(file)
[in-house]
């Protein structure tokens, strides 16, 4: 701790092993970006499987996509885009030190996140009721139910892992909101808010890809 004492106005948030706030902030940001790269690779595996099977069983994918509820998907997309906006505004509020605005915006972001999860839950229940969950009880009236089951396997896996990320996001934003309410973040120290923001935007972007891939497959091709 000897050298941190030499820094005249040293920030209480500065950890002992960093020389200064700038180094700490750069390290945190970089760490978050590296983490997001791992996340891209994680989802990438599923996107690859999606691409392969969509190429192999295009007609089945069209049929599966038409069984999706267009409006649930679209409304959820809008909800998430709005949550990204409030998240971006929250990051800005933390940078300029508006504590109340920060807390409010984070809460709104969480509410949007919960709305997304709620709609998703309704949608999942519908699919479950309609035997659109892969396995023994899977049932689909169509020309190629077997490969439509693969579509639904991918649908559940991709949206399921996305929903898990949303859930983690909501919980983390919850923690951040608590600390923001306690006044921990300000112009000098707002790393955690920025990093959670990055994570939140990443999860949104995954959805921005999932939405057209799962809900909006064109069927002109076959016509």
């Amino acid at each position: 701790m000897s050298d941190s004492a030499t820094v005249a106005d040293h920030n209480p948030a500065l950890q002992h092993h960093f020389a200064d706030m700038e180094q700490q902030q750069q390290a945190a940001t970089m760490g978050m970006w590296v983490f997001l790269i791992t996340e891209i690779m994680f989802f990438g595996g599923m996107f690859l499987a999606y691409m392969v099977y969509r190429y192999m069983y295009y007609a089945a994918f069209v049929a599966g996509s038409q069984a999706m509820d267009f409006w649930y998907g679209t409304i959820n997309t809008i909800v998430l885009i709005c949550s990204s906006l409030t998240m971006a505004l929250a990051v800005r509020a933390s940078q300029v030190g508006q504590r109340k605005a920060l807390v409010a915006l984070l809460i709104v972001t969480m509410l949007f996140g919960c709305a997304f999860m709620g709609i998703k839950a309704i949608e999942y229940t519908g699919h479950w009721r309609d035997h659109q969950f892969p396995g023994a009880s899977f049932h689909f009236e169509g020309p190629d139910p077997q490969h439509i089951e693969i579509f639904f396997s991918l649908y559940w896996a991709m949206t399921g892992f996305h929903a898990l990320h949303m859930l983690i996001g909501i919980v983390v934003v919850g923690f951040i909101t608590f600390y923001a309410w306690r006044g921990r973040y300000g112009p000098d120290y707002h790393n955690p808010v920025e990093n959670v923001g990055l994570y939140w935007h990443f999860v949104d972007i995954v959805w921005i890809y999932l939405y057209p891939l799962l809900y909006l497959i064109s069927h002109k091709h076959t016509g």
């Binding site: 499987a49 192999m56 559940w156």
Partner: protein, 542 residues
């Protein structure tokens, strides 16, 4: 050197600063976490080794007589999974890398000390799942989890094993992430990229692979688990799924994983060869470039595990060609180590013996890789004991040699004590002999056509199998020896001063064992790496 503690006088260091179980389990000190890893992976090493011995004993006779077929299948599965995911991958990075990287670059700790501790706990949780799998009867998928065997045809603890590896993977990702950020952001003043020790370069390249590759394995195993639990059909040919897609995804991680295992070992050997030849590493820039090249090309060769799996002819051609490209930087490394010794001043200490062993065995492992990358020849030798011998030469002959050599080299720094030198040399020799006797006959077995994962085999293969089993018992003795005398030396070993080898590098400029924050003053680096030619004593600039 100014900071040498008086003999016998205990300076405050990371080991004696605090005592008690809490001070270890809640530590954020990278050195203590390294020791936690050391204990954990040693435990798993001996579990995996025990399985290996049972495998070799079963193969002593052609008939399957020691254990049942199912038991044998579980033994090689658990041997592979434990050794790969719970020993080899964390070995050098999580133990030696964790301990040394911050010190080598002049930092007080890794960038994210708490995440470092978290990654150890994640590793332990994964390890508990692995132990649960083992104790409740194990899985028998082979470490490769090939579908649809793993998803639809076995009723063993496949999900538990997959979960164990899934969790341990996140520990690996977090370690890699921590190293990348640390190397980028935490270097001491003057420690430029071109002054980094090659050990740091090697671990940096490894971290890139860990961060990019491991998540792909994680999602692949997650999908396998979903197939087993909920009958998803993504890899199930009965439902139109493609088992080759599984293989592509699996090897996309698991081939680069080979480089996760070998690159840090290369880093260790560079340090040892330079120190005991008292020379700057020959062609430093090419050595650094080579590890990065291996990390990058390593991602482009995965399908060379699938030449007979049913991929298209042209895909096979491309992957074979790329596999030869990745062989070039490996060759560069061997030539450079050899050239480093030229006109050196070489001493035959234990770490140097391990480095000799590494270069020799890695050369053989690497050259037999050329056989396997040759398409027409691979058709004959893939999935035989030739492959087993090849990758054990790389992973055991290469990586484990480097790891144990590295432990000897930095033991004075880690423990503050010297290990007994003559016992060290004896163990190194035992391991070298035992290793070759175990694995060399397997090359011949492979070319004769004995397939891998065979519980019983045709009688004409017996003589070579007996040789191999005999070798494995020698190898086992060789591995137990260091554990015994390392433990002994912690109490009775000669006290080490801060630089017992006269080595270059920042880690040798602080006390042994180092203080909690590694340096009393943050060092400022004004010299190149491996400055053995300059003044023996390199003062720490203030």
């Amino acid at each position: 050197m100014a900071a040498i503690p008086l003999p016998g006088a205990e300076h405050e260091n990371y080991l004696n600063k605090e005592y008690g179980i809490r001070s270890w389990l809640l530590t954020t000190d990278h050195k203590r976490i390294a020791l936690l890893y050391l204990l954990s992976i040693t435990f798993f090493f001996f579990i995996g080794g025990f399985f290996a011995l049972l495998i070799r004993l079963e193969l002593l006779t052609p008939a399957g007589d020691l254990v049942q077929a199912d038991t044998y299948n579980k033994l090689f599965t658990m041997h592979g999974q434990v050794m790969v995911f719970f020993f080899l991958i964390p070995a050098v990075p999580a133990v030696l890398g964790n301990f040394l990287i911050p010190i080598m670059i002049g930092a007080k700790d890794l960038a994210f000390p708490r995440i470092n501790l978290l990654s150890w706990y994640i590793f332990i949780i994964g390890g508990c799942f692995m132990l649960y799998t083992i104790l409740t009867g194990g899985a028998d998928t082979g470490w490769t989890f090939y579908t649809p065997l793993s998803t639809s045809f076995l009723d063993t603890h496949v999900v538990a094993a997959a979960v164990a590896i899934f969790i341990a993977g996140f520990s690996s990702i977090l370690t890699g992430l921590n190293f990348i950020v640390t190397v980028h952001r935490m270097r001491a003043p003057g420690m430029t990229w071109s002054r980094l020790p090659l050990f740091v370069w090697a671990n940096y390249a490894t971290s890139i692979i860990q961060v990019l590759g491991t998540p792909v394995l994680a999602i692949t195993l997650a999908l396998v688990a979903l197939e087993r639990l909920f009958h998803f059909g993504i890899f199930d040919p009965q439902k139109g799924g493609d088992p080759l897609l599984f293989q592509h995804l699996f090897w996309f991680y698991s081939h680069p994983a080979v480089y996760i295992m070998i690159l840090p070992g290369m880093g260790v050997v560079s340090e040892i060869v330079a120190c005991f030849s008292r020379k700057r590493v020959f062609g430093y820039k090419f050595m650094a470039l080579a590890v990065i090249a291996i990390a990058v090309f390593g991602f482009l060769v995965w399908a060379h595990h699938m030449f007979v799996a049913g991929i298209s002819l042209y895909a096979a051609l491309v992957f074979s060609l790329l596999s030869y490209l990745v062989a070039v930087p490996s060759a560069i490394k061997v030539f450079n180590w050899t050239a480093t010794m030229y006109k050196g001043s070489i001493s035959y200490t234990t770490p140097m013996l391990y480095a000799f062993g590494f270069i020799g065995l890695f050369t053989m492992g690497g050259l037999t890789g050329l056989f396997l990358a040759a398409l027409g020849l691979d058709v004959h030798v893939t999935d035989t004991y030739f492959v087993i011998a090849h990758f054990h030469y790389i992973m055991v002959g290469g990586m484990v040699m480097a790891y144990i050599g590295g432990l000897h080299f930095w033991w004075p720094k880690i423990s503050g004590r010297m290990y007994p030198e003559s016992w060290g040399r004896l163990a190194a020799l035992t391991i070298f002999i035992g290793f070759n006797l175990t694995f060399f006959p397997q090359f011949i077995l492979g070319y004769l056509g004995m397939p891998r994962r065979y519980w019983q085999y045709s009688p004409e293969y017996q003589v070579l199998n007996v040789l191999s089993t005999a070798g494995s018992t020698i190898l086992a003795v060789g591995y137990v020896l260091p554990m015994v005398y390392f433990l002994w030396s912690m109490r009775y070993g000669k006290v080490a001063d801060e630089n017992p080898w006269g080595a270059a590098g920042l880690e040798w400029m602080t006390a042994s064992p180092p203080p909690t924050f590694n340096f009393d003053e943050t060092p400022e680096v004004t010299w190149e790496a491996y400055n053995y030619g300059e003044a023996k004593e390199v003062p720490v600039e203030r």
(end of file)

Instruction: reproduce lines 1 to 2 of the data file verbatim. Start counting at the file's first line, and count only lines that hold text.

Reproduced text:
[in-house]
């Protein structure tokens, strides 16, 4: 701790092993970006499987996509885009030190996140009721139910892992909101808010890809 004492106005948030706030902030940001790269690779595996099977069983994918509820998907997309906006505004509020605005915006972001999860839950229940969950009880009236089951396997896996990320996001934003309410973040120290923001935007972007891939497959091709 000897050298941190030499820094005249040293920030209480500065950890002992960093020389200064700038180094700490750069390290945190970089760490978050590296983490997001791992996340891209994680989802990438599923996107690859999606691409392969969509190429192999295009007609089945069209049929599966038409069984999706267009409006649930679209409304959820809008909800998430709005949550990204409030998240971006929250990051800005933390940078300029508006504590109340920060807390409010984070809460709104969480509410949007919960709305997304709620709609998703309704949608999942519908699919479950309609035997659109892969396995023994899977049932689909169509020309190629077997490969439509693969579509639904991918649908559940991709949206399921996305929903898990949303859930983690909501919980983390919850923690951040608590600390923001306690006044921990300000112009000098707002790393955690920025990093959670990055994570939140990443999860949104995954959805921005999932939405057209799962809900909006064109069927002109076959016509």